Wine, Words & Wednesday, No. 91 (Life is short, pour the wine now.)

Today’s words come to us from 11th century Persian mathematician, astronomer, philosopher and poet, Omar Khayyám.

I’m not normally a consumer of 11th century Persian poetry (I’m mostly allergic to poetry, per se).  But yesterday, I posted a blog about Turkish wines (Turkey:  The Jan Brady of Wine) — and these words appear on the labels of the wines from Vinkara Vineyards.  I rather liked the words, and I was curious about their origin:


Khayyám is known for writing quatrains — short, four-line poems.  More specifically, Khayyám’s quatrains are “independent epigrammatic stanzas — in other words, short, spontaneous, self-contained poems.  Each one stands on its own.”1  

When once you hear the roses are in bloom,
Then is the time, my love, to pour the wine;
Houris and palaces and Heaven and Hell-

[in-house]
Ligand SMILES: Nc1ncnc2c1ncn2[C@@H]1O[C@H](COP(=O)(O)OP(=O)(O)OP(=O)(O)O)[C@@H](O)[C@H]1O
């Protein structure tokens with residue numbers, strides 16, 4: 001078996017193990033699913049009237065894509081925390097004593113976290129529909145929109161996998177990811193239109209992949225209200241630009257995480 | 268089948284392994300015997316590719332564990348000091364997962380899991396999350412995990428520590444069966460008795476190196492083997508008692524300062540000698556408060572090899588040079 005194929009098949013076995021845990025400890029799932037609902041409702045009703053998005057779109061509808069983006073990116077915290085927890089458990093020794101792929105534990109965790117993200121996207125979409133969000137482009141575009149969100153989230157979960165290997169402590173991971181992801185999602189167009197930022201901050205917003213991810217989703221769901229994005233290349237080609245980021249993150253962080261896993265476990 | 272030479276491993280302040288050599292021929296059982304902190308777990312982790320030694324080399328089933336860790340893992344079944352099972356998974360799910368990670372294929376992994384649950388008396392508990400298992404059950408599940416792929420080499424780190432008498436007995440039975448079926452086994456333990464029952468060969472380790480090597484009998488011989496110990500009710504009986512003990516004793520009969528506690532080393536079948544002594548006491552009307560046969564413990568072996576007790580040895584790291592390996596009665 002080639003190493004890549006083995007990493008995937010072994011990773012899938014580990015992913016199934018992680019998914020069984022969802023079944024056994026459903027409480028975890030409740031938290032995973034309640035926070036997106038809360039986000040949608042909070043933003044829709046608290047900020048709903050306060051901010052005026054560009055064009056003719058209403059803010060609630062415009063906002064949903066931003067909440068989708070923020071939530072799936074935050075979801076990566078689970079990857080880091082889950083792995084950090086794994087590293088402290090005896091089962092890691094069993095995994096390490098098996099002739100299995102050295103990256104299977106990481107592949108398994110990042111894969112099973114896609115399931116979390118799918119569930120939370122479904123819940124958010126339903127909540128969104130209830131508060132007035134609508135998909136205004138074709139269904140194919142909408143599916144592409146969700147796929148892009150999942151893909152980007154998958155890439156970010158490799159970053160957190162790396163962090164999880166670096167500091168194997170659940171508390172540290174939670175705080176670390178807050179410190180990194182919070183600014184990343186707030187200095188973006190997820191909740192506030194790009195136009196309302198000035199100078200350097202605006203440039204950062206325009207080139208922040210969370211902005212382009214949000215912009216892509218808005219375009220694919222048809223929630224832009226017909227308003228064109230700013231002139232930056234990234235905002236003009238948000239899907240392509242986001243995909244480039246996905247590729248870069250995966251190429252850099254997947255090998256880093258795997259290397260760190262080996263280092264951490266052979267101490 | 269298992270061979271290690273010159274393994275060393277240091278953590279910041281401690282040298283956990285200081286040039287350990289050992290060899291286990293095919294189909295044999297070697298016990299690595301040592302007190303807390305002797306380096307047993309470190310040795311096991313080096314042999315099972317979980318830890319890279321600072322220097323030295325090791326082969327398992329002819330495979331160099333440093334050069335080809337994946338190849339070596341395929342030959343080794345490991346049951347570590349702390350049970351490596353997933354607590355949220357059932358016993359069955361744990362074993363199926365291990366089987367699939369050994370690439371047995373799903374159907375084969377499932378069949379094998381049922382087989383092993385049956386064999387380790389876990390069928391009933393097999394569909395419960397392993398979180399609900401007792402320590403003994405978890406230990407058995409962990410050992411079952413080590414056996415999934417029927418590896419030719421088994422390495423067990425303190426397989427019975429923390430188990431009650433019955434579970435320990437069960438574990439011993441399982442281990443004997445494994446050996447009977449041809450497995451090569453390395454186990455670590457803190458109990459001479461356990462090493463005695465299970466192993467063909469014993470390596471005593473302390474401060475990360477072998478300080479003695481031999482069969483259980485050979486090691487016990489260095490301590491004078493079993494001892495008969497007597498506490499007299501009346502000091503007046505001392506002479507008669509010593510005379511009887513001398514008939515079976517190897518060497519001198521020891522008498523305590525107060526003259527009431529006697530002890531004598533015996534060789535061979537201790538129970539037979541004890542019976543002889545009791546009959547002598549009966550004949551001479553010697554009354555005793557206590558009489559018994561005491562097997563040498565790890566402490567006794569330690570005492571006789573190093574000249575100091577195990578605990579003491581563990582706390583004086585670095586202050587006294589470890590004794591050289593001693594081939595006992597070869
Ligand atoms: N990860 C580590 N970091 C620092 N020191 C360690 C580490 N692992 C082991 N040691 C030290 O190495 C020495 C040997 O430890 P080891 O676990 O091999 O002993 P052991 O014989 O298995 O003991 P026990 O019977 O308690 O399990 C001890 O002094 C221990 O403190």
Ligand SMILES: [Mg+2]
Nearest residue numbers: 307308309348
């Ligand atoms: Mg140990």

These are but fairy-tales, forget them all.

I did some very quick and very superficial research on Khayyám, and I learned there are certain themes that run throughout his poetry.  Khayyám wasn’t a believer in an afterlife, and he wrote frequently about the need to live and enjoy life in the present.

I’m terrible at poetry analysis (hence the poetry allergy), but I think I get this one:

Life is short.  Stop and smell the roses.  Drink the wine now.

1Flynn, Tom. The New Encyclopedia of Unbelief. Amherst, NY: Prometheus, 2007.

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